What is a Polity?

What Do Polity, Kallipolis, and Republic Mean?

Classically speaking, the term Polity means “a state” (a group of people under a single social contract), but it also implies an “ideal state” (a Kallipolis).[1][2][3]

Polity, Kallipolis, and Republic in the Basic and Ideal Sense

A Polity is, in the most basic respect (as Plato used it), implies something in between “a Republic” (a group of people under a form of government that isn’t a monarchy; generally with some sort of representative government) and a “commonwealth” (a nation, state, or other political entity founded on law and united by a compact of the people for the common good.)[4]

The reason I say this is because the term comes from Plato’s Republic where, when discussing what we can today call “the five regimes,” the term Polity is used to describe not only “a state,” but the “good” forms of government specifically and not the “bad” tyrannical form (tyranny).

Thus, through its original usage in the Republic, the term takes on a meaning of “ideal state” to some extent (like the term Republic does).

Thus, although one could argue just as strongly for the plain definitions (where polity, commonwealth, or republic essentially just means “state”), from another frame we can say the terms Polity and Republic essentially imply their ideal states. Thus, in this sense (and some specifics aside), they all imply the same thing as the Greek concept of “Kallipolis” (which means beautiful city; or, the ideal state).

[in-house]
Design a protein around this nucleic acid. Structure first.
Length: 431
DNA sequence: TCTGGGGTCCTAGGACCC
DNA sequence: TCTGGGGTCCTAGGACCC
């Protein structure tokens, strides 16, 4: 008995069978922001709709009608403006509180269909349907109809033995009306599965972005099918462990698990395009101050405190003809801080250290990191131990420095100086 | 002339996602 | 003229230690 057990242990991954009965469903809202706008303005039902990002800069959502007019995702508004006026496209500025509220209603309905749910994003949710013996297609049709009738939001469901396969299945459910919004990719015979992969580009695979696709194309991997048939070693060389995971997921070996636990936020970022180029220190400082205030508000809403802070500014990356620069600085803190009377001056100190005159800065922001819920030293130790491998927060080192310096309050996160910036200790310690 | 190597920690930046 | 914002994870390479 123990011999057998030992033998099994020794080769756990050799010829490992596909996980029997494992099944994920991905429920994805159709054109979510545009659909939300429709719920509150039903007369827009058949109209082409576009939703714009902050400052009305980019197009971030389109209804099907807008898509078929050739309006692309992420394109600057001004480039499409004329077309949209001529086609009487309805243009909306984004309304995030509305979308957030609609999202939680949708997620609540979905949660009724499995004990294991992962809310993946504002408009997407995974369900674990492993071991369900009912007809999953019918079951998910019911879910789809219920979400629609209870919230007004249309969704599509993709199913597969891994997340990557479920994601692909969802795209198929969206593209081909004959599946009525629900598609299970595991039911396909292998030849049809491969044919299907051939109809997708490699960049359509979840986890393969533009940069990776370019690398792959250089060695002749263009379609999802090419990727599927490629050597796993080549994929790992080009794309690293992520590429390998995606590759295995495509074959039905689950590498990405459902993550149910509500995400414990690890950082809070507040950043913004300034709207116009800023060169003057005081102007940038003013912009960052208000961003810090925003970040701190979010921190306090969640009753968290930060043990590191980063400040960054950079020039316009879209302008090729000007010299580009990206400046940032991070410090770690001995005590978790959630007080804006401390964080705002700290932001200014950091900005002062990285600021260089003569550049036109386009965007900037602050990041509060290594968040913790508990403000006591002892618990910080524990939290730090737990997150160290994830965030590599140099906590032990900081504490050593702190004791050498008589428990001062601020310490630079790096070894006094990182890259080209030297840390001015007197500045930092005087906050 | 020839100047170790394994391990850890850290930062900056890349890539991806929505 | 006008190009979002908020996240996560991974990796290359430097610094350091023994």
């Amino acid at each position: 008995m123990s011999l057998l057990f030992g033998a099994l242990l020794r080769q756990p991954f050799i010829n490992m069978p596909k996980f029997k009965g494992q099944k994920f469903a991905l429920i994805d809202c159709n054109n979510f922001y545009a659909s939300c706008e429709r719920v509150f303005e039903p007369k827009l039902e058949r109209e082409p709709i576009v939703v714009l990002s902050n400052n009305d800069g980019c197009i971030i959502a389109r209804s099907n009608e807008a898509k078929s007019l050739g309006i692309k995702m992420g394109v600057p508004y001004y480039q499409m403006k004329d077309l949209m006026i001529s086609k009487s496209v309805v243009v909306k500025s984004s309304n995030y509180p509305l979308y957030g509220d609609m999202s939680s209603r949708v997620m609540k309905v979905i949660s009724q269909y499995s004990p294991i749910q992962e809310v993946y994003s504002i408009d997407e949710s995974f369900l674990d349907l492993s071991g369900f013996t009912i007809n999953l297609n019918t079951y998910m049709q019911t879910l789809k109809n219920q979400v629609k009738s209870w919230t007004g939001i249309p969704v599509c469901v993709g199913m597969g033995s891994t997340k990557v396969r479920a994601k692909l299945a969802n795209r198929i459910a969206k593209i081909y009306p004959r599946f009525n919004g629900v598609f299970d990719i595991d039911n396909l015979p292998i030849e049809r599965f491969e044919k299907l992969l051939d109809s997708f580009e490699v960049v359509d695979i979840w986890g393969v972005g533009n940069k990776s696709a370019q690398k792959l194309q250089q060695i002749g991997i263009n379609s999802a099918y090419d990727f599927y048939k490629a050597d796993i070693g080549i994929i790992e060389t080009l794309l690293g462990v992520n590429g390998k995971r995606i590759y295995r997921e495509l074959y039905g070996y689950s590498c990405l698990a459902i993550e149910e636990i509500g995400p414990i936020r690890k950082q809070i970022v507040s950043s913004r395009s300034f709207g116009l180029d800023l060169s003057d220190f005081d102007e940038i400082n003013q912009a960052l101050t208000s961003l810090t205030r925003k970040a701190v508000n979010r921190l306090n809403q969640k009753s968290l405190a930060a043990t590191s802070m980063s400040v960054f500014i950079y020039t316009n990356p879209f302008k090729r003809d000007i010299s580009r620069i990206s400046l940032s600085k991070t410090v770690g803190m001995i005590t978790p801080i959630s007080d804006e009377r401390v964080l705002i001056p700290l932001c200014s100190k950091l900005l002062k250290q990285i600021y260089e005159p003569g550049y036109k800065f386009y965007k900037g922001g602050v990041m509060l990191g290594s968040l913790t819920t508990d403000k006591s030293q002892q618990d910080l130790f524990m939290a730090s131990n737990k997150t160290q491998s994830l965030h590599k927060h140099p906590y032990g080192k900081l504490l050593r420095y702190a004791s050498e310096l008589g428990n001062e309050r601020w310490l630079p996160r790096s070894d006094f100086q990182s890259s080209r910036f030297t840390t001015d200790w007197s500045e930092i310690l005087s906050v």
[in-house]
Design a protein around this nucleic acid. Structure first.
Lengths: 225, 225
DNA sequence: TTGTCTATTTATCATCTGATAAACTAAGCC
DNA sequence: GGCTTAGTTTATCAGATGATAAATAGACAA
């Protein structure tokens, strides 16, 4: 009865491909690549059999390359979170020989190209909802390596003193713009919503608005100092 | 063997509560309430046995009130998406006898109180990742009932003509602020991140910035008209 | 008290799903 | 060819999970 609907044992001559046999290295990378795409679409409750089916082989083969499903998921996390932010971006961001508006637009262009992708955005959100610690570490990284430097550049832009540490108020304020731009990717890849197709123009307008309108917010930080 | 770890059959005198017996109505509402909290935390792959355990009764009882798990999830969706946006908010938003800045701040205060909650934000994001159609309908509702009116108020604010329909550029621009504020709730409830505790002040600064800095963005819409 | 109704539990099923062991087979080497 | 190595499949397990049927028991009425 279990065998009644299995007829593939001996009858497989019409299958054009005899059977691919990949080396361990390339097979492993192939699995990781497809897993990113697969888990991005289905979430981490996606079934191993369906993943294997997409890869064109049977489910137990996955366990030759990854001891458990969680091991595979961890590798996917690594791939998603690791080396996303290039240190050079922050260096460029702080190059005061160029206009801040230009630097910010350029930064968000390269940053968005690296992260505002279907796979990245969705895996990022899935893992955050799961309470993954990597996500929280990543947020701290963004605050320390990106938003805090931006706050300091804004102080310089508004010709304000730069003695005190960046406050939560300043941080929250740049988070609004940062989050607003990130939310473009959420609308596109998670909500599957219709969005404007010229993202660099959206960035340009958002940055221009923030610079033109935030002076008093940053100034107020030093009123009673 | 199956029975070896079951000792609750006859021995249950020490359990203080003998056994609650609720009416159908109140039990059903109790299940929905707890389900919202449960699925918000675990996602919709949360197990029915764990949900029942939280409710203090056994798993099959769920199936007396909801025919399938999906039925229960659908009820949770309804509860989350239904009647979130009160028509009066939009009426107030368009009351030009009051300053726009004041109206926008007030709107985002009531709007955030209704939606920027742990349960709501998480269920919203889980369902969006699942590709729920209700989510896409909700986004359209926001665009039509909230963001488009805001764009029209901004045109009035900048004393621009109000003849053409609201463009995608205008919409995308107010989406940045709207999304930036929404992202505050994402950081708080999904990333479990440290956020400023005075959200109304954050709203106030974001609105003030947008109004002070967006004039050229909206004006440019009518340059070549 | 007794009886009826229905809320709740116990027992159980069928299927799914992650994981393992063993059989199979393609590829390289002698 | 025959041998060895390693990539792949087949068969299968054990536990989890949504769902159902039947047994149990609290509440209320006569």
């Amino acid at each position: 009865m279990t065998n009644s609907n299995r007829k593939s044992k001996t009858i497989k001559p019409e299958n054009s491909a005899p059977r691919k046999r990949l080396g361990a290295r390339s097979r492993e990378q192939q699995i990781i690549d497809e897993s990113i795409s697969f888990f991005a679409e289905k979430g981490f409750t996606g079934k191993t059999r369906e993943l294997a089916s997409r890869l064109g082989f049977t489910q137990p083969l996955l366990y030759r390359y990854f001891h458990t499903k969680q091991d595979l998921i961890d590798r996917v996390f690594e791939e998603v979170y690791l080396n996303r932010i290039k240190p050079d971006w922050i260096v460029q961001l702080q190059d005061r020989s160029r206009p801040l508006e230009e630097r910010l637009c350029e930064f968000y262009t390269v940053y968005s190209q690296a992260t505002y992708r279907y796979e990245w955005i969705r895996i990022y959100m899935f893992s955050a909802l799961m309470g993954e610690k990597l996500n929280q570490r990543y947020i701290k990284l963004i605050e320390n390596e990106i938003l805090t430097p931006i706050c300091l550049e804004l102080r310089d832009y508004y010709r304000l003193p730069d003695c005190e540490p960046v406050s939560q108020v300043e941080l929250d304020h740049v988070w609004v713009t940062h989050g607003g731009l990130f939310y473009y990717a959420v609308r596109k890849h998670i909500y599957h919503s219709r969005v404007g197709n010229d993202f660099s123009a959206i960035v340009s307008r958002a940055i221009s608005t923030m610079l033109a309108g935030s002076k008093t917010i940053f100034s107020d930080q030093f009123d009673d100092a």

In other words, the terms polity and republic can be thought to imply their basic form or ideal form (where republic means “ideal republic” and polity means “ideal polity;” meanwhile Kallipolis always implies an ideal form).

In this respect a polity / republic (i.e. ideal polity / ideal republic) or kallipolis is a popular government with checks and balances that mixes the lawful forms of government including aristocracy, democracy, and oligarchy in an effort seeks to maximize the virtues of the state (this being true regardless of the specific mix of the forms).

In other words, the government from Plato’s Republic is [an attempt at]… a Polity, a Republic, a Beautiful city-state (or in modern terms an ideal and lawful city, state, nation, or even empire; a people bound by a just social contract).

TIP: Pure direct democracy is not an ideal mixed-Republic (it is pure democracy). Therefore, it makes sense from this perspective that the term Republic today generally implies some for of indirect democracy within a popular and lawful government. See Plato on Democracy.

Plato and Aristotle Usages of the Term Polity

Most of the above confusion (over the terms above being used more than one way) comes from their usage by different philosophers.

Plato seems to coin the term Polity in his book Republic. In it he uses it to mean “a state,” but then mainly uses it to describe just states.

Then Aristotle [in Politics] seems to misunderstand Plato’s usage and confuses it with a timocracy (the Spartan Polity); and then goes on to insinuate that this form is Plato’s ideal Republic.

In other words, the actual definition wasn’t even agreed on by those who popularized and coined the term.